August 26, 2009Mr. Hari Thapa
I would have wholeheartedly agreed with you that people have "already suffered from Kathmandu's totalitarianism", if only that was true. I even wonder if Kathmandu did ever get to rule over Nepal subsequent to its "unification" by rulers from Gorkha. Till monarchy was abolished, Nepal was ruled by erstwhile monarchs hailing from Gorkha who ruled (merely reigned most of the time) for close to 240 years and they did so, physically, from Kathmandu. They had merely shifted their capital from Gorkha to this valley. Therefore, for those 240 years it was effectively rule of Gorkha, if one is to go on this tangent on ethnic lines. Of these 240 years Ranas (actually Kunwars) were the effective rulers for 104 years and the Shahs were relegated to merely reigning the country. I am at a loss as to whether this period should be called a totalitarianism of Gorkha or else. Tyrants they were as it was a dictatorship of one particular family. Then there were Pandeys, Thapas, Basnets, and so on and so forth. I am not too sure about their root too (I am, I must admit, weak in history). After autocracy of Ranas was overthrown, we had a brief spell of "democracy" in early 60s but during that time Nepal was ruled by Biratnagar, then we had Panchayat democracy which basically meant the Gorkha rule got reinstated, till 1990. I shouldn't forget that once under Shah monarch's Panchayat system, Marich Man Singh did get to occupy the prime ministerial chair. I am given to understand that he was from Salyan. However, after addition of Shrestha suffix in his name, it may be claimed that Kathmandu did get to become a sub-ruler at the fag end of Panchayat system.
After people's movement of 1990 it was Biratnagar ruling Nepal for over 10 years out of about a dozen yeas and Dhankuta and Baitadi too did get to rule by turn for brief periods. And after abolition of monarchy Chitwan (rather Kaski) along with Bardiya did get to rule for 9 months and now Rautahat is taking its turn to rule in conjunction with Morang/Sunsari.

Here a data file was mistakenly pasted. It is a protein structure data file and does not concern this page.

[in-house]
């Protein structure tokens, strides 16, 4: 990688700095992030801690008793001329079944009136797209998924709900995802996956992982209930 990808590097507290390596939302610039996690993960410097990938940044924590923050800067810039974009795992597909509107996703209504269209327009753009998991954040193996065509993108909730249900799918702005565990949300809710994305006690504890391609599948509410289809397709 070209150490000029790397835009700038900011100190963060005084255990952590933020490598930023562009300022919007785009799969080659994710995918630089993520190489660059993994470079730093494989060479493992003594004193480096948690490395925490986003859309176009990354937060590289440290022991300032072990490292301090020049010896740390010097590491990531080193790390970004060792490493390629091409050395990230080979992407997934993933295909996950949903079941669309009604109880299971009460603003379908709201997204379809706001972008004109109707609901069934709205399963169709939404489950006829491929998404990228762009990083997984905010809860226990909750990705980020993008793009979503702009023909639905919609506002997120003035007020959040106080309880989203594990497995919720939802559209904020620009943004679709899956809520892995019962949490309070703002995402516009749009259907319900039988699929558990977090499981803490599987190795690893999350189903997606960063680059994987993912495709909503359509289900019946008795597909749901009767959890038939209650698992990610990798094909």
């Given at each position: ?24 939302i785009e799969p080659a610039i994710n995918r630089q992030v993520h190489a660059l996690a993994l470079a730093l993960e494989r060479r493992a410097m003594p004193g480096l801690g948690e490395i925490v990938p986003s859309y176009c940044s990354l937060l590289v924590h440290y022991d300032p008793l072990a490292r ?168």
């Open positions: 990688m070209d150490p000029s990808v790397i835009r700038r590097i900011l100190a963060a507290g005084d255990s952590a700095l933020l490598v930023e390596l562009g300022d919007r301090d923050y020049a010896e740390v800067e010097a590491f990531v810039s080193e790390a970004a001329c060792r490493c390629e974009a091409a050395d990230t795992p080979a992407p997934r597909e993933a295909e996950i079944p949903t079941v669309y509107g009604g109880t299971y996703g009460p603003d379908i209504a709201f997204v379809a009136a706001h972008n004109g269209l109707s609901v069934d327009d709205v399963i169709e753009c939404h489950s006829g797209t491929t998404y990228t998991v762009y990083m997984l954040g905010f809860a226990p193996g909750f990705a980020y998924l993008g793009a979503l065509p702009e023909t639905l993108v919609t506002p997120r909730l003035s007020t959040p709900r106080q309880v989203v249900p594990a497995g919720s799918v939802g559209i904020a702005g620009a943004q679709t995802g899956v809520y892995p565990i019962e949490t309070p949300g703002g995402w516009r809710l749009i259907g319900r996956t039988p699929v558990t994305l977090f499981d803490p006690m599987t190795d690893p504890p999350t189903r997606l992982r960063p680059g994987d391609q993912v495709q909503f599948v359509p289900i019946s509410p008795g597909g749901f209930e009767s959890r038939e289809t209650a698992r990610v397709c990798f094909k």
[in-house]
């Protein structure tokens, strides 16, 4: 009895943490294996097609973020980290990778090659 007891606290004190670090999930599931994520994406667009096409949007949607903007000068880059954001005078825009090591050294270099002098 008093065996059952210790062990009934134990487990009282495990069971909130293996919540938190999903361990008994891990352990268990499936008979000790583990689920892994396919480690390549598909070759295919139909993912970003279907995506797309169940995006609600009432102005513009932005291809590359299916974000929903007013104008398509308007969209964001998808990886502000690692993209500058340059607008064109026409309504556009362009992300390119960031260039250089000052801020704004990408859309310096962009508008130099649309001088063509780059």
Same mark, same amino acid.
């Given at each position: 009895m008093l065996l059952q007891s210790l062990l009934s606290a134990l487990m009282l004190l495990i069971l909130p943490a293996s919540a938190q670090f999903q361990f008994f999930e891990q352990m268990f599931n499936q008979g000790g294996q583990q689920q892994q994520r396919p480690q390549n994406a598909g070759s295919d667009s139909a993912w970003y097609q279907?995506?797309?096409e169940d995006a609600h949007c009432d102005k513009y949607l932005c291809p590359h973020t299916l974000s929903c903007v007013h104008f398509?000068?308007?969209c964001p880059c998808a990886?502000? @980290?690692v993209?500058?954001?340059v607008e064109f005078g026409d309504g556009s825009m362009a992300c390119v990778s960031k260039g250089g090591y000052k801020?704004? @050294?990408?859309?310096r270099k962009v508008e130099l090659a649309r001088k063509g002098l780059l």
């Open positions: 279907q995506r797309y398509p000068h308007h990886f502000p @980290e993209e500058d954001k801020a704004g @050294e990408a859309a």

Therefore, all these years all these people ruled Nepal albeit from Kathmandu. But, it is not justifiable to blame Kathmandu for the tyranny of people from different parts of Nepal, merely because they did so from Kathmandu. From this tangent the solution may lie in simply shifting the capital instead of splitting this tiny country into small provinces. In other words, if this is the only reason for going federal, then we should look somewhere else to mitigate the problem.
PS: Please watch Nepal Television tomorrow morning at 8:25 AM.
With best regards,
Ratna Sansar Shrestha,
From: firstname.lastname@example.org [mailto:email@example.com]
Sent: Tuesday, August 25, 2009 13:03
To: Lal Bahadur Thapa
Cc: Ratna Sansar Shrestha; firstname.lastname@example.org; email@example.com
Subject: Re: Fwd: Fw: [NESOCA Mail #2943] Re: Fwd: Fw: My article on federalism
Federalism is highly needed. Kathmandu cannot rule over the country. So
called leaders which has land and house and soul in Kathmandu cannot work
for federalism. It was Maoists movement that worked on ethnic based
concept. We all need to be generous and work on practical concept. We
already suffered from Kathmandu's totalitarianism. We cannot accept
another form of totalitarian group or regional idea that will dominate
other ethnic or region's existence.
Nobody should think that if the country goes to federalism and it will
divided. Federalism is not Kathmandu's demand. People which represents
Nepal should advocate this issue. Elite living in Kathmandu doesn't like
the concept. I hope Maoist won't loose their faith from their fundamental